Svetlana Borovkova: Economic Scenario Generation - putting it together

Svetlana Borovkova: Economic Scenario Generation - putting it together

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By Svetlana Borovkova, Head of Quant Modelling at Probability & Partners

In last week’s column, I discussed common pitfalls of Economic Scenario Generation, such as implausible or too wide-ranging scenarios. Today, I would like to address a related topic: how to simultaneously model multiple economic variables, such as interest rates and stock market returns.

Relationships between financial variables such as interest rates and equity returns are complex and dynamic, so their realistic modelling is a major challenge in designing a good Economic Scenario Generator.

Modelling the relationships between interest rates and equity returns

Traditionally, the wisdom regarding the relationship between interest rates and equity returns is that they are negatively correlated: when interest rates increase, stock prices decline and vice versa. This is driven by several economic factors, such as the access to cheap capital by firms and consumers’ purchasing power.

However, this view is rather static. It does not distinguish between different market circumstances – and hence, is too simplistic. It is also based on historical data and experiences from the pre-negative interest rates era. In the past decade – characterized by ultra-low interest rates – there have been numerous exceptions to this rule.

For example, the interest rates hike in the US at the end of 2017 was followed by an increase of almost 6% in S&P500 at the beginning of 2018. The same happened again in 2019 and on several other occasions in the last decade. So, the ‘interest rates up – stocks down’ trend is not as clear-cut as some would have us believe.

As Pieter Zwol, the Lead of ALM modelling at Rabobank, succinctly states: ‘Realistic modelling of the changing relationships between financial variables, such as interest rates, credit spread and equity returns is level dependent, frequency-dependent and sometimes related to disruption (i.e. monetary actions of ECB).’

A recent study by J.P. Morgan illustrates the level-dependence mentioned by Mr Zwol. It shows that, when interest rates are rising from a very low level (as observed for recent years), equity markets rise as well.  However, when rates are above 3-4% and keep on rising, this relationship turns negative, reverting to the common ‘wisdom’.


Frequency-dependence is another phenomenon that a good Economic Scenario Generator should incorporate. The relationship between interest rates and equities can be different in the short term and in the long term. When the correlation between interest rates and equities is estimated from historical data, the resulting estimate is typically not significantly different from zero, so from a statistical perspective the rates and equities seem uncorrelated.

This is not an inherent feature of the markets, but occurs purely due to high volatility, especially in equity returns. This high volatility contributes to the large statistical error in the correlation estimate and hence, to seemingly uncorrelated variables.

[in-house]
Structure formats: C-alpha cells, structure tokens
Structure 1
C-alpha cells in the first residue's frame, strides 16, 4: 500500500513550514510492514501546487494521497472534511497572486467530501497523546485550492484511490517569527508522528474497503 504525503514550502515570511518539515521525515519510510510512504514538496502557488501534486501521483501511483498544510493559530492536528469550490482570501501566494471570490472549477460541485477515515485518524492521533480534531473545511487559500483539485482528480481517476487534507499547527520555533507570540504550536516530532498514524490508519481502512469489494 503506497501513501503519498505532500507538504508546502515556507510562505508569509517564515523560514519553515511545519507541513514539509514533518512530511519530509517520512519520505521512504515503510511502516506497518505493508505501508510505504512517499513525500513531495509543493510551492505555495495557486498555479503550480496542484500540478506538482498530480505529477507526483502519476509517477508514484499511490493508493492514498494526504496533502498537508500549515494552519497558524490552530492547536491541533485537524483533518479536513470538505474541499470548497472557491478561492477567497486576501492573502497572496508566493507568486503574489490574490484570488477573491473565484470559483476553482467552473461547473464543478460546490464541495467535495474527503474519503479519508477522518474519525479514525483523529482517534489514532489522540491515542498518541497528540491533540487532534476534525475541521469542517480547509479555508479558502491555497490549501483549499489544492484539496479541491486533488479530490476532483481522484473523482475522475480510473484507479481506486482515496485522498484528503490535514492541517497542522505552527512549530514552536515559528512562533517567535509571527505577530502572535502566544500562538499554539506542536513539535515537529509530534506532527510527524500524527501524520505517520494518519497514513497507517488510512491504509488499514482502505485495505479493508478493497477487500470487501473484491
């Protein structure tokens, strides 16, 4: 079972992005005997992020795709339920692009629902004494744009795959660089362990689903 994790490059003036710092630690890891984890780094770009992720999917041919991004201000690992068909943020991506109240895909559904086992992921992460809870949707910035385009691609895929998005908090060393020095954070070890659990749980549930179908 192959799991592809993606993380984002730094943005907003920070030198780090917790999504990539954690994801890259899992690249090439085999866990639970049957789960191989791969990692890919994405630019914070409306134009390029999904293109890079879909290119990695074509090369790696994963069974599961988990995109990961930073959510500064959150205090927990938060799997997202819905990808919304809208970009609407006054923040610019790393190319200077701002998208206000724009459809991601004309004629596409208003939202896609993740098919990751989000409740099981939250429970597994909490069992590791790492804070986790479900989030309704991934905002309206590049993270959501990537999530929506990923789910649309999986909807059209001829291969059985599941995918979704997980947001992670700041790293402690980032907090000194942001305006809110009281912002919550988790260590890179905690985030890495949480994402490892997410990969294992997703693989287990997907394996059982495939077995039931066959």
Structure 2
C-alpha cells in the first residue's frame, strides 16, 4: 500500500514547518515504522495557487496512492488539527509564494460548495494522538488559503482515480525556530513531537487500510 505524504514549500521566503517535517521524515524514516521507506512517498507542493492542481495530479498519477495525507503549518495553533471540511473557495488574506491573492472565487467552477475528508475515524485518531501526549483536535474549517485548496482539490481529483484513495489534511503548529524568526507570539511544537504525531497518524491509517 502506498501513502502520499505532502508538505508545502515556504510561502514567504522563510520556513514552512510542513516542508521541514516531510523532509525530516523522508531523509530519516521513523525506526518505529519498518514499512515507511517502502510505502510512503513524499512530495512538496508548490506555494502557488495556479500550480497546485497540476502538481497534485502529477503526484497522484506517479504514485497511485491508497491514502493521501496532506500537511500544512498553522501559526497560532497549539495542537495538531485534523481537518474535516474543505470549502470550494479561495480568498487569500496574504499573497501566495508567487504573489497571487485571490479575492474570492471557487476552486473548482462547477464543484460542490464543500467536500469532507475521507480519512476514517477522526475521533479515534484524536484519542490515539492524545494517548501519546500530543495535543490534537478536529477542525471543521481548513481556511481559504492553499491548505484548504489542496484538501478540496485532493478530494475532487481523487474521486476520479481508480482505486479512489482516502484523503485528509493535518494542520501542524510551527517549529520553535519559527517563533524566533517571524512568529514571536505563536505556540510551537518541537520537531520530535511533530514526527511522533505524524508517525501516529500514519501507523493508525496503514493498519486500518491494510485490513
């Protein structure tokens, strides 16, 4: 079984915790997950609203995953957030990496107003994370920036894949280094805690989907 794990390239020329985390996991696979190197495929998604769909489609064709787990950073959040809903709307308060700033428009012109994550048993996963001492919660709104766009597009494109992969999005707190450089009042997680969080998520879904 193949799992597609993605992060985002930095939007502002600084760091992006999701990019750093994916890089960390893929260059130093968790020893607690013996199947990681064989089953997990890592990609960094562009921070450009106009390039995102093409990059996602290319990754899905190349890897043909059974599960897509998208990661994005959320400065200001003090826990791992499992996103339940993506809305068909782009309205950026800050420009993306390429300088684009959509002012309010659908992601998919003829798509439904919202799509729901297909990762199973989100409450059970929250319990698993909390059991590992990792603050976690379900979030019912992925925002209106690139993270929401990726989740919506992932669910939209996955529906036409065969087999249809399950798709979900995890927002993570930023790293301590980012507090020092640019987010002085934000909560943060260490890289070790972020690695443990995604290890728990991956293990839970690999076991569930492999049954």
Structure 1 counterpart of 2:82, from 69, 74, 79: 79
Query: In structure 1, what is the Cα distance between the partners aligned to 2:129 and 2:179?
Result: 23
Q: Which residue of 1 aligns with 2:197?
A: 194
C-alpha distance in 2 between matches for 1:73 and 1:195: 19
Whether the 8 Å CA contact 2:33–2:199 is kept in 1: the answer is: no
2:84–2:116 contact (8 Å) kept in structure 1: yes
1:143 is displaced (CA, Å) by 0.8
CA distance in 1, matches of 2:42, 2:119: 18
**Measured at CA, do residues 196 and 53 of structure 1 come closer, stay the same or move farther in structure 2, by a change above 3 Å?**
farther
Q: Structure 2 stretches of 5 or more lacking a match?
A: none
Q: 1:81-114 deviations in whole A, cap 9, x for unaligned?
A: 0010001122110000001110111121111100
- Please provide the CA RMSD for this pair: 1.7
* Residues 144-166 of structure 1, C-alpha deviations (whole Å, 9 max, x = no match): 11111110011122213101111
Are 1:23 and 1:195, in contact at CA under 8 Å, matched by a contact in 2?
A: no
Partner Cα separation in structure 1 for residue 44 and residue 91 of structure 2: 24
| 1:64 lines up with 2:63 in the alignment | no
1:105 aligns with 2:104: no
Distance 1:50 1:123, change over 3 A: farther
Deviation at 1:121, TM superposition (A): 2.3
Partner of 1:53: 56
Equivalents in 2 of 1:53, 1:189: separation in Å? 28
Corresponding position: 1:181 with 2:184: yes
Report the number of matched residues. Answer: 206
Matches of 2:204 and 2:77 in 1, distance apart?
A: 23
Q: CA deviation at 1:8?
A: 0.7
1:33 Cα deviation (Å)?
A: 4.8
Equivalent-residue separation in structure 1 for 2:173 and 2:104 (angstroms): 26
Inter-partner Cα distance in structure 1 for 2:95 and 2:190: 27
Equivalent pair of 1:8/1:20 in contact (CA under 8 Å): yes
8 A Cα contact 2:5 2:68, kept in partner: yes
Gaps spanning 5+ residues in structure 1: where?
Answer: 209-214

However, if the longer-term trends in both interest rates and equity markets are isolated from the daily fluctuations (which I addressed in my previous column), then the correlation between those de-noised trends becomes highly significant (albeit not constant), while the shorter-term fluctuations of interest rates and stock returns remain, indeed, uncorrelated.

Including additional marker variables

Including additional market variables (such as credit, real estate, or commodities) poses similar challenges. For example, the relationship between the stock market and the commodity market is just as dynamic and complex, depending on market circumstances and price levels, and differing between long and short terms.

For example, here the common wisdom is that a high and rising oil price is ‘bad’ for the economy and hence, is accompanied by declining stock markets. But we have seen periods of stock market rallies at times when oil prices were above 100 $/bbl.

A solution to the pitfalls and challenges

To model all this complexity in your Economic Scenario Generator seems impossible and we see our clients struggle with it almost on the daily basis. But fret not: the same state-space Kalman filter-based models I talked about in my previous column offer an elegant and versatile way out. These are the models we develop and use at Probability.

In such models, the correlation between de-noised trends in market variables can be seen as a latent, unobserved variable, which slowly changes in time and depends on various desired external factors – such as price levels or Central Bank interventions.

As the Nobel Prize winning economist Joseph Stiglitz pointed out, we should be: ‘…concerned with exploring the logic of economic models, but also with attempting to reconcile these models with everyday observation.’ This remains the challenge for creators of good Economic Scenario Generators.

Probability & Partners is a Risk Advisory Firm offering integrated risk management and quantitative modelling solutions to the financial sector and data-driven enterprises.